Ovarian Cancer; Why Early Diagnosis is so Important

by | Feb 26, 2020

March is hurtling towards us with great speed, and along with British Summer Time, lighter evenings and beautiful daffodils, it also brings us Ovarian Cancer Awareness Month.

Every March is dedicated to raising awareness of ovarian cancer; a disease that sadly leads to the death of 11 women each day in the UK. With early diagnosis playing a large part in treatment being effective and higher rates of survival, we wanted to do our bit to help spread awareness, by writing this blog post.


What is Ovarian Cancer?

Ovarian cancer can be defined as cells growing and multiplying uncontrollably, in or around the ovary (part of the female reproductive system where eggs are stored), or fallopian tubes. The cancerous cells can also spread to other parts of the body.

What are the symptoms of Ovarian Cancer?

The main symptoms that are observed include:

  • Persistent bloating
  • Feeling full quickly, or loss of appetite
  • Pelvic or abdominal pain
  • Needing to wee more urgently or often than usual

Other symptoms that may be observed are:

  • Changes in bowel habits (constipation or diarrhoea)
  • Extreme fatigue (feeling very tired)
  • Unexplained weight loss

With any symptoms or changes in how you are feeling we would always suggest going to see your GP. With the above symptoms, this is particularly important if they are frequent (happen regularly), persistent (don’t go away), and new (not normal for you). If you have seen your GP but the symptoms haven’t gone away, you can ask for a second opinion.


Symptoms of ovarian cancer infographic

Why is early diagnosis so important?

If ovarian cancer is diagnosed at the earliest stage, the survival rate can be up to 90% for women diagnosed in the UK. The earlier that a woman is diagnosed, the more likely her body is to respond to treatments, with the cancer being cured. Unfortunately, current figures show that two-thirds of women with an ovarian cancer diagnosis are diagnosed after the cancer has already spread. This is why education and awareness months are so important; they can literally save lives.

It is also important to note that cervical screening tests (smear tests) do not detect ovarian cancer. Some women may delay seeking help for symptoms because they believe that their smear test would have picked up on the cancer. This is not the case.

What will my GP do?

Symptoms may be completely unrelated to cancer, however, for your GP to know the cause of any symptoms they will usually order further tests. This may be a blood test, an ultrasound scan, or a CT scan.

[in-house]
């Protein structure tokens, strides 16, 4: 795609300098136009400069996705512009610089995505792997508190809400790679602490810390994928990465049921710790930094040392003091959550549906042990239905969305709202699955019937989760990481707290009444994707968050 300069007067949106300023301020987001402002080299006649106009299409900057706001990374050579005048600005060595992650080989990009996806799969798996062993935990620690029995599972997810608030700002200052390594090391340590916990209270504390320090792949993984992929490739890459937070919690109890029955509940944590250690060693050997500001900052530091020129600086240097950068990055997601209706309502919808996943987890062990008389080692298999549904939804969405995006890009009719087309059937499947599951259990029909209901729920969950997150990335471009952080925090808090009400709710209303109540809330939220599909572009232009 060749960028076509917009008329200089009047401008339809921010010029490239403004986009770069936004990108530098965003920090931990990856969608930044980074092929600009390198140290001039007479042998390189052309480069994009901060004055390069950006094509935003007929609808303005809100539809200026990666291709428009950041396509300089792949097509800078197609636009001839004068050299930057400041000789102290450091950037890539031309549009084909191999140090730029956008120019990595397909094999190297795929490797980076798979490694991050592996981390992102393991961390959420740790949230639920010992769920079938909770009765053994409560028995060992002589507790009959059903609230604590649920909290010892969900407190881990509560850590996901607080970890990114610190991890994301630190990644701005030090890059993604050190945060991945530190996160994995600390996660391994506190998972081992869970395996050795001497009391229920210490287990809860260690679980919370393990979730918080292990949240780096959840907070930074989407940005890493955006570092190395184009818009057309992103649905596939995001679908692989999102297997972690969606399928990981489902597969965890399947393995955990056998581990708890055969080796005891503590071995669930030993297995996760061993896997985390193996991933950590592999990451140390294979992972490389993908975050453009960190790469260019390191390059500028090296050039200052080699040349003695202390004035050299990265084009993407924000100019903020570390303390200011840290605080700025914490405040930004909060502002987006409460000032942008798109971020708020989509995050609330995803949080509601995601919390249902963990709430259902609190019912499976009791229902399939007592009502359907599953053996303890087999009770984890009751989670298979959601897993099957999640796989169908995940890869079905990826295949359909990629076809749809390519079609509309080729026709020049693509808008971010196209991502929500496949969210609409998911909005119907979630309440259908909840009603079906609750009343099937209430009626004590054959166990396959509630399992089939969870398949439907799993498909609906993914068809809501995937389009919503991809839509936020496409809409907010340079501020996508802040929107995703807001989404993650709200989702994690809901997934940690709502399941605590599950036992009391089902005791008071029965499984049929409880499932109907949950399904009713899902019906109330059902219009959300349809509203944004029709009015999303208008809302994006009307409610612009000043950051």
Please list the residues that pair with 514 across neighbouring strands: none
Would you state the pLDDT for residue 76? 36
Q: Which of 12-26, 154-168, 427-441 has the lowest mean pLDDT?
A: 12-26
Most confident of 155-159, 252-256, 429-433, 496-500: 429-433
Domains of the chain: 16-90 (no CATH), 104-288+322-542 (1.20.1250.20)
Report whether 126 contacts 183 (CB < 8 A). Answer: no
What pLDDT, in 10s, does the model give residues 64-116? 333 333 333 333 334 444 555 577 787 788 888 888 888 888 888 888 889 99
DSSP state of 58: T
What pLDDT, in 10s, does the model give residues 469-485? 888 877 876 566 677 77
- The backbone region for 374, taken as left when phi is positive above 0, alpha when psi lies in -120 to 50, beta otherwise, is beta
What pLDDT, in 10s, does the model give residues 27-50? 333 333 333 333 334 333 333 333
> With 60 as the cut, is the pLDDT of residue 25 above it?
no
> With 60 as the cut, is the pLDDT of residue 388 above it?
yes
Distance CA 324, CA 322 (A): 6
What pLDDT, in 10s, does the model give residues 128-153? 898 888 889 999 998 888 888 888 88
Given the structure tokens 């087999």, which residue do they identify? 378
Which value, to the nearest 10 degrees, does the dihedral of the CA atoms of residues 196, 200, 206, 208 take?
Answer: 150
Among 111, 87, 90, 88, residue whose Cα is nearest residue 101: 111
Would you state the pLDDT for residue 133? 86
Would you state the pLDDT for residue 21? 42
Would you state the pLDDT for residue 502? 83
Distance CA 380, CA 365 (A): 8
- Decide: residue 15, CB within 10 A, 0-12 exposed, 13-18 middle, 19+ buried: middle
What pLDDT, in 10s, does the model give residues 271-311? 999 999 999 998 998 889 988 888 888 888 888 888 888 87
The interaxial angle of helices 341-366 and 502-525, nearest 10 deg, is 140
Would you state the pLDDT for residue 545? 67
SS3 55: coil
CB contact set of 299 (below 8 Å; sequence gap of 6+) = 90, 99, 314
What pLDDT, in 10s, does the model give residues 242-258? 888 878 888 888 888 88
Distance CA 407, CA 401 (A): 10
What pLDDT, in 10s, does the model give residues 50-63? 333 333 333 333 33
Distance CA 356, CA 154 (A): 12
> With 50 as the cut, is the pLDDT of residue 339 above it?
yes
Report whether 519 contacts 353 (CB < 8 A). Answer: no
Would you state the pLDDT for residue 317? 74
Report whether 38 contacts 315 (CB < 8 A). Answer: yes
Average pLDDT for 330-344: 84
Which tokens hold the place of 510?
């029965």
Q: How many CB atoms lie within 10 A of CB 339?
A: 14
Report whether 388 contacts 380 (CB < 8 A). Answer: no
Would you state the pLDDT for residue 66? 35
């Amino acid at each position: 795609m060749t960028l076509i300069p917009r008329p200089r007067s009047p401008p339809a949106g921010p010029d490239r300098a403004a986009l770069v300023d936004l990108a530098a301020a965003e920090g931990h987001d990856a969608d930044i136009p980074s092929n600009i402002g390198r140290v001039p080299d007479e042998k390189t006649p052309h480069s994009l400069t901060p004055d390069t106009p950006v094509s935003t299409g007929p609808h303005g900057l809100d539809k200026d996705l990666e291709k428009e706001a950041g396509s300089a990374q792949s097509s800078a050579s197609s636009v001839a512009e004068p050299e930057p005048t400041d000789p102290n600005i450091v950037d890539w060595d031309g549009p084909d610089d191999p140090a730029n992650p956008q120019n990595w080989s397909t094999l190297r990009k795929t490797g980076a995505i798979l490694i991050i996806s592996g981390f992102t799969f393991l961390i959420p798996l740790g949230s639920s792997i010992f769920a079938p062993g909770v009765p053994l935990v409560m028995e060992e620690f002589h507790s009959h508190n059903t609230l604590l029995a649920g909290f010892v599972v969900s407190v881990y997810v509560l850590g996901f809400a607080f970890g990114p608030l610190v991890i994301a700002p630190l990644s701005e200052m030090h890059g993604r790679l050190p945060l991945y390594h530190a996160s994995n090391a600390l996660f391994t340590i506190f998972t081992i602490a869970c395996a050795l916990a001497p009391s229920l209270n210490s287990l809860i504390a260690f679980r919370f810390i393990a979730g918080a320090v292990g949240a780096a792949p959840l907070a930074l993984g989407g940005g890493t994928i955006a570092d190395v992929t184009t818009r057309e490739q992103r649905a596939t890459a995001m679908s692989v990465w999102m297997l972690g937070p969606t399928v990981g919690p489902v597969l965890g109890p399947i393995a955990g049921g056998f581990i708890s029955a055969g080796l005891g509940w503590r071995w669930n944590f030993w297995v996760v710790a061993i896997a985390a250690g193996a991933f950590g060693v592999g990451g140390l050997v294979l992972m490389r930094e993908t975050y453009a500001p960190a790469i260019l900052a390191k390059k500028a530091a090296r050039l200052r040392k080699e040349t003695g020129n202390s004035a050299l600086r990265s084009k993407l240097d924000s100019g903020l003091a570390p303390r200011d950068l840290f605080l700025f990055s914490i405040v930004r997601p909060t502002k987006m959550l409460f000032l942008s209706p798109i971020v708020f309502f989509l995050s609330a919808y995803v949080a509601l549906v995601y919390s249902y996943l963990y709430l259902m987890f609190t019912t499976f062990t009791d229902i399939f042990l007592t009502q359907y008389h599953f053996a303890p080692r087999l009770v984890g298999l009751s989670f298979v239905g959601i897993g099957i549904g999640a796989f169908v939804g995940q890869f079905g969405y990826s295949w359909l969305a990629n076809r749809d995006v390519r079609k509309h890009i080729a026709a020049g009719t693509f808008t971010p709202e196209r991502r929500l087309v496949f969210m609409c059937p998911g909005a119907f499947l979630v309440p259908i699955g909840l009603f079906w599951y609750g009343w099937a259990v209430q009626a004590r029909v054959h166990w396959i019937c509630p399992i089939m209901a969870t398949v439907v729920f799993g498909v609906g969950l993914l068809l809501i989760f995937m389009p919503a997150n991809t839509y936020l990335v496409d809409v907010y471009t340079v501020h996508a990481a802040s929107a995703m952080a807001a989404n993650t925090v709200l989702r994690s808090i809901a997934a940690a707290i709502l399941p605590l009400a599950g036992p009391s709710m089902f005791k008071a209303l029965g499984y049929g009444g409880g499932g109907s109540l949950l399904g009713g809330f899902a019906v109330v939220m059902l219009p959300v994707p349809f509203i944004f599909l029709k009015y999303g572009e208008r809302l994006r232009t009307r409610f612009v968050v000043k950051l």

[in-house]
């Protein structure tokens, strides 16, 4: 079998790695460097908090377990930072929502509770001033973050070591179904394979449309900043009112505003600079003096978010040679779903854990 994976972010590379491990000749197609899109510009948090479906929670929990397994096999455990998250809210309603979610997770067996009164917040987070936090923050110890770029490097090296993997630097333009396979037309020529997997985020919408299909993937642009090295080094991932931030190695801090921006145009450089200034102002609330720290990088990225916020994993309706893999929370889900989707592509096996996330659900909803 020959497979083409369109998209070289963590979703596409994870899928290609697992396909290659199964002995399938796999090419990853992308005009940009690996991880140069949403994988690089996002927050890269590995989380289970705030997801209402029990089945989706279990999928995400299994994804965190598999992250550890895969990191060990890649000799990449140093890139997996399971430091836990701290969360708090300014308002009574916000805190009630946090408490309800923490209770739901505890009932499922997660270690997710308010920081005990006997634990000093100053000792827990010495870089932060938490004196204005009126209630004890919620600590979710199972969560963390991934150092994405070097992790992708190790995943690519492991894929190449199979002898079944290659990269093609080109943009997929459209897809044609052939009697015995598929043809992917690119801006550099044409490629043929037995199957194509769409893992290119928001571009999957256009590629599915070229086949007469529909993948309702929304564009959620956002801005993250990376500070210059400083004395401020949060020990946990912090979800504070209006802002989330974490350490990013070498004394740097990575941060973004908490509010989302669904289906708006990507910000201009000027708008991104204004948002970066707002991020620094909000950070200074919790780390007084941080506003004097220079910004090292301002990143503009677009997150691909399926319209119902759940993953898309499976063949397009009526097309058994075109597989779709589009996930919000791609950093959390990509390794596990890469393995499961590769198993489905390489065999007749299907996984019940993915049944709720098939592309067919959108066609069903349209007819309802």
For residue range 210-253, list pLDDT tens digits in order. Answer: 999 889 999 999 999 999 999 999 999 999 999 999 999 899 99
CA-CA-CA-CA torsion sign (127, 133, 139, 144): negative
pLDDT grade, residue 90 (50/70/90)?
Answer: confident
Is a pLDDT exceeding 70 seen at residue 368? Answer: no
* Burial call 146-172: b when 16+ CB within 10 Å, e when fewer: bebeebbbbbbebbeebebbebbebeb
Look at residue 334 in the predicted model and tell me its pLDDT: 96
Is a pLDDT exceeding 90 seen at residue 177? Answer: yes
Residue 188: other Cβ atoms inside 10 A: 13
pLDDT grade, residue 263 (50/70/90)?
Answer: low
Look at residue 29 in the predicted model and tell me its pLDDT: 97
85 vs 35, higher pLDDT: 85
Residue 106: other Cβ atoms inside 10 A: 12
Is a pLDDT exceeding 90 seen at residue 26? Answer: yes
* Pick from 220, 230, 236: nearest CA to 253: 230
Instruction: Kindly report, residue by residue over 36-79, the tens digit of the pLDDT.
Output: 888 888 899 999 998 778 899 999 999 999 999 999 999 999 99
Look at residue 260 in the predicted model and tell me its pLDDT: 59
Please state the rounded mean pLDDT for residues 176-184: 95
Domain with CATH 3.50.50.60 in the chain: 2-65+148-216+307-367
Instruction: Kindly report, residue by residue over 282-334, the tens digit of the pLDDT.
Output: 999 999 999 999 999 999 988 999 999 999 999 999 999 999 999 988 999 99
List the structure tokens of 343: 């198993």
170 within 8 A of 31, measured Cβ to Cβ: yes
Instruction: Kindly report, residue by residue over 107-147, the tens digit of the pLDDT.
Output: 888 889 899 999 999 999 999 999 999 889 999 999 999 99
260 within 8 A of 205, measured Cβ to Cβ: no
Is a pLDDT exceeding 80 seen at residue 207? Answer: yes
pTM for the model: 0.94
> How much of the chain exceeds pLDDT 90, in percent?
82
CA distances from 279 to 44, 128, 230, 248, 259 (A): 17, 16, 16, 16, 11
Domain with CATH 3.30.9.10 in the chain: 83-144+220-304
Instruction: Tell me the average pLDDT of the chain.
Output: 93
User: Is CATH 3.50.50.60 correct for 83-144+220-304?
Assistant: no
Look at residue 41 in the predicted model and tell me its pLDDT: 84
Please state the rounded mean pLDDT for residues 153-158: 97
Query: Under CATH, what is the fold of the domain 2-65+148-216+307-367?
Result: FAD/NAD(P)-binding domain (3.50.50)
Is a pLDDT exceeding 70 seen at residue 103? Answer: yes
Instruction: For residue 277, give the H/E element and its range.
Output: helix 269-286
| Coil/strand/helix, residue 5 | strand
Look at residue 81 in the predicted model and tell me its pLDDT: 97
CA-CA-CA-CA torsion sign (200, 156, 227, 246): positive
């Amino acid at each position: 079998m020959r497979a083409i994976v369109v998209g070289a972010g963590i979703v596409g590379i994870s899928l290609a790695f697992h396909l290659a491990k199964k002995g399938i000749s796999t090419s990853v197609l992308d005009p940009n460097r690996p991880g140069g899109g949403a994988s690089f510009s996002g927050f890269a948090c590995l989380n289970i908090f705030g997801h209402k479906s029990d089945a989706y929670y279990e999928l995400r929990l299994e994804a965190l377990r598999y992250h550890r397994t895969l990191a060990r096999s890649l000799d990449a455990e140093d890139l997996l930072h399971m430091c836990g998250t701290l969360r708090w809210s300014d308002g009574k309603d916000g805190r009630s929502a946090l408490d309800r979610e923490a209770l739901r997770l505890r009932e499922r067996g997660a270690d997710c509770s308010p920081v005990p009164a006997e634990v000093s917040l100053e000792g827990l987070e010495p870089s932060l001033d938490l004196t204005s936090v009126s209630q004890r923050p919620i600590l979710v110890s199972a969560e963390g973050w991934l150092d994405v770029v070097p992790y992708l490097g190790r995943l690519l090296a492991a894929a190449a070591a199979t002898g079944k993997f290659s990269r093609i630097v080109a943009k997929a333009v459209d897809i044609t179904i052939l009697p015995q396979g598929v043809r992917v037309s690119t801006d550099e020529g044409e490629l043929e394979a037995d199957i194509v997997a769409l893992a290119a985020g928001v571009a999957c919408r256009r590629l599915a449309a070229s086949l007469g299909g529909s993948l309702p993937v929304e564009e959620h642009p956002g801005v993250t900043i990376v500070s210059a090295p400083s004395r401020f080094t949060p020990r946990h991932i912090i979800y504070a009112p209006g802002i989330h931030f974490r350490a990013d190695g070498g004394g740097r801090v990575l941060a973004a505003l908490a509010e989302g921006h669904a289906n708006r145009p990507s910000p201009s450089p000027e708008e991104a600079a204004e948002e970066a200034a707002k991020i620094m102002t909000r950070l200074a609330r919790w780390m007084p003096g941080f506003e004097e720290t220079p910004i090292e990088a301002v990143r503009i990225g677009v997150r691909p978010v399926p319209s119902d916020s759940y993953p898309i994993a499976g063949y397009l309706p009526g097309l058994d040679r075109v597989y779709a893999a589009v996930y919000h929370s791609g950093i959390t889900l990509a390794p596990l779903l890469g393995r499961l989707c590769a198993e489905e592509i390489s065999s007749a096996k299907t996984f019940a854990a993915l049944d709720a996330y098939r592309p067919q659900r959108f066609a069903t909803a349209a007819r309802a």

Risk factors

The causes of ovarian cancer are not known, however, there are certain factors that may increase your overall risk.

  • Being over the age of 50 – having gone through the menopause (although younger women can also have ovarian cancer).
  • A family history of ovarian or breast cancer.
  • Using HRT (Hormone replacement therapy), although this creates only a very small cancer risk.
  • Endometriosis (a condition where tissue that behaves like the lining of the womb is found outside of the womb).
  • Being overweight
  • Smoking
  • Lack of exercise
  • Exposure to asbestos

What treatments are available?

Treatments aim to cure the cancer and to stop it from returning in the future. This is entirely possible if an early diagnosis has been made. If the cancer is more advanced and has spread significantly to other areas of the body, treatments will focus more on controlling the cancer and relieving the symptoms for as long as possible.

The two main types of treatment are surgery and Chemotherapy.


The aim of any surgery will be to remove as much of the cancer as possible. Ladies will often have a total hysterectomy (removal of the uterus and cervix) along with a bilateral salpingo-oophorectomy (removal of both ovaries and fallopian tubes).


Chemotherapy is where medicine is used to kill the cancer cells. It can be used either before surgery (to shrink the cancer), or after surgery (to remove any remaining cells). In some cases, it may be used both before and after surgery.


As you can see, early diagnosis of ovarian cancer is key to better treatment outcomes and survival rates. If you have symptoms, or know someone that has, make sure to get an appointment with a GP sooner rather than later.


We hope this article has been helpful. We have included some useful links below to give you even more information, or further support for you or a loved one who has been affected by ovarian cancer. Please share this post with your friends on social media, to get more awareness of ovarian cancer out there, and ultimately, save lives!



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